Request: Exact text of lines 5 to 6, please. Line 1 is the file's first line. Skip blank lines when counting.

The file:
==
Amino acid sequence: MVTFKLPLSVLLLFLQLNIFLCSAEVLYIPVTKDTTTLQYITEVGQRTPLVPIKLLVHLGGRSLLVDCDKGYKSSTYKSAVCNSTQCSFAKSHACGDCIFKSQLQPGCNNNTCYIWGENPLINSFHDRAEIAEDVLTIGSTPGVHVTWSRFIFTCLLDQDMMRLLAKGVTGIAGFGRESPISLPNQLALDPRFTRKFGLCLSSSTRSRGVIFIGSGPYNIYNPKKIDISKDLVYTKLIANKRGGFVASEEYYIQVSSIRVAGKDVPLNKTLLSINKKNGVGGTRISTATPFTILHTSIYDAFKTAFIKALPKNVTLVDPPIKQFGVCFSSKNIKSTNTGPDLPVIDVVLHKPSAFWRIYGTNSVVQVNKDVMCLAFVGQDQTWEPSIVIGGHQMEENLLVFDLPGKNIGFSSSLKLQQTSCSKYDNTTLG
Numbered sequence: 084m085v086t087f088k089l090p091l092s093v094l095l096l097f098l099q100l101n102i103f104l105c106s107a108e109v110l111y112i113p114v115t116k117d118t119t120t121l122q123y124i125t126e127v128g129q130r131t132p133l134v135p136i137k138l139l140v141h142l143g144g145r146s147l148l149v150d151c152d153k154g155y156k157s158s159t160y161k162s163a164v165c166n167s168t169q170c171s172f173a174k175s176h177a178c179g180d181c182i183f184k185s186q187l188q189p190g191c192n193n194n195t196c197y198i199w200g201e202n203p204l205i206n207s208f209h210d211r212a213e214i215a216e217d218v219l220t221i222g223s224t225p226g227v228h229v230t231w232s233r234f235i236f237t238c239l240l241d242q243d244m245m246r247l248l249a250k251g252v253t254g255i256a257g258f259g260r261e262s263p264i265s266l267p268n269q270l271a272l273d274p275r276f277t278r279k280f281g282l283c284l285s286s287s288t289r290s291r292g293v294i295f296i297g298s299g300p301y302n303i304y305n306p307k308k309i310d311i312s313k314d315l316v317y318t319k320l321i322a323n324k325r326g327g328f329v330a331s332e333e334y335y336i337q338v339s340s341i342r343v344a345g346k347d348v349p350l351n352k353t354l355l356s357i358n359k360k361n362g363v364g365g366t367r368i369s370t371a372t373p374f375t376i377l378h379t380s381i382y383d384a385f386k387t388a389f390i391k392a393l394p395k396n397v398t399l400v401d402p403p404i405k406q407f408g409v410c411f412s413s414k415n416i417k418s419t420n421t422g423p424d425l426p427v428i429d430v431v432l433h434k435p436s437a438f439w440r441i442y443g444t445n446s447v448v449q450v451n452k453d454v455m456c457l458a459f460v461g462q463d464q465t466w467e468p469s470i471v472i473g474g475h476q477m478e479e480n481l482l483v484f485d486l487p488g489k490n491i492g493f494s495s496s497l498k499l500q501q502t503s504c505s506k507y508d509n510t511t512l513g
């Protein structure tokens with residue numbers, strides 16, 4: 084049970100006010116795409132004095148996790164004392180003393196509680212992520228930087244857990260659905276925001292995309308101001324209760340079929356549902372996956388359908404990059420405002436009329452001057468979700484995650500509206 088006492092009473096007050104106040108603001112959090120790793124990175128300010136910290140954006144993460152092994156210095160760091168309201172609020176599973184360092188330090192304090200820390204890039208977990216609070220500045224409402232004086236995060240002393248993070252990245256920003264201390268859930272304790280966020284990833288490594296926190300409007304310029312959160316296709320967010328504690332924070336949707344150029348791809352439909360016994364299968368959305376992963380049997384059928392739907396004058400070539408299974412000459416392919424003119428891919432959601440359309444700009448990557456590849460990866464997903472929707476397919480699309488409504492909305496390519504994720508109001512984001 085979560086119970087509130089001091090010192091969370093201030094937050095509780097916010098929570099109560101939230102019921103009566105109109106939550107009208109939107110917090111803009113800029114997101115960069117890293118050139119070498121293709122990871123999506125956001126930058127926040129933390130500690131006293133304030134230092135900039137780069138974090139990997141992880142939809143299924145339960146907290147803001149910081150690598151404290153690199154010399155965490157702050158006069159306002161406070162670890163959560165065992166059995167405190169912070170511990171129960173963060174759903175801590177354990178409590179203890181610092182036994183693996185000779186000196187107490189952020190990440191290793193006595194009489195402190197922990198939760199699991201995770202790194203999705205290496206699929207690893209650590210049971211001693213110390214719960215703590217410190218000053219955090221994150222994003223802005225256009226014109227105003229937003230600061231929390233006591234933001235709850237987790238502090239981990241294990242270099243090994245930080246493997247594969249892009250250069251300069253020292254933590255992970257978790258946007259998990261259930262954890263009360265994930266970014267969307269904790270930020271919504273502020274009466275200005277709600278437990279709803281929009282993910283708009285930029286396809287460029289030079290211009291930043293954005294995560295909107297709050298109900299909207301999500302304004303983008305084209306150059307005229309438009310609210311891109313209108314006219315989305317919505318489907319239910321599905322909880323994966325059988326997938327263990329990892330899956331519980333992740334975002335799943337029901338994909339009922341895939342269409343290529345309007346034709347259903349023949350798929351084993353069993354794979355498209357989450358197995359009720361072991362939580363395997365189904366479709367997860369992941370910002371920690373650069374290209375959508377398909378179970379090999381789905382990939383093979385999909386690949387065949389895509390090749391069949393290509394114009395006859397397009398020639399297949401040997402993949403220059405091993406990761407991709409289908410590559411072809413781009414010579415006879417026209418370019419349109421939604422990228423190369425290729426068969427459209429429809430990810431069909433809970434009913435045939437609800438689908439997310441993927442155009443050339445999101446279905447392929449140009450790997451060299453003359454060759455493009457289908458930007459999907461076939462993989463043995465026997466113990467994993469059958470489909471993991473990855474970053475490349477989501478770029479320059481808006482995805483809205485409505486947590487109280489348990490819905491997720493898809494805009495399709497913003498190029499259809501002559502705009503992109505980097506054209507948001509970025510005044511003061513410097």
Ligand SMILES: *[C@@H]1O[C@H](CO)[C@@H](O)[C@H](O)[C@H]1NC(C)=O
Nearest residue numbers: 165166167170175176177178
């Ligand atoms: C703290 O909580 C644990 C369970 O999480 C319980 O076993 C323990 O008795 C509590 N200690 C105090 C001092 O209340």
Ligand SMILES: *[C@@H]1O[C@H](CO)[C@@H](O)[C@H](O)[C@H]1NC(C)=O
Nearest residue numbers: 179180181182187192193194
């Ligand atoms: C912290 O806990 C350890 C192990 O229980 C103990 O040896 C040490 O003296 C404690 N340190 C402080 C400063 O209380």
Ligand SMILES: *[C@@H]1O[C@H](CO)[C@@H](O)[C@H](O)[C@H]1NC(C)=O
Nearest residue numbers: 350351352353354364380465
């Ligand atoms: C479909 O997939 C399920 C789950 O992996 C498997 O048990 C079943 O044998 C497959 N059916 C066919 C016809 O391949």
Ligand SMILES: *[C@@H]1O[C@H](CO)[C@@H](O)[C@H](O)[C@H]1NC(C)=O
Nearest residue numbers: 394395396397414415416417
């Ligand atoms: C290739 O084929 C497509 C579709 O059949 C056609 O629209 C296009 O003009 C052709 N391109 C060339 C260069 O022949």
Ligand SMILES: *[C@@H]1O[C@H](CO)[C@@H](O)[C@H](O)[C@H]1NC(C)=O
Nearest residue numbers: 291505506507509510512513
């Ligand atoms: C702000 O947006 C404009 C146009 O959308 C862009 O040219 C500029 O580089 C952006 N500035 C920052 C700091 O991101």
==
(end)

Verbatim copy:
Nearest residue numbers: 165166167170175176177178
């Ligand atoms: C703290 O909580 C644990 C369970 O999480 C319980 O076993 C323990 O008795 C509590 N200690 C105090 C001092 O209340």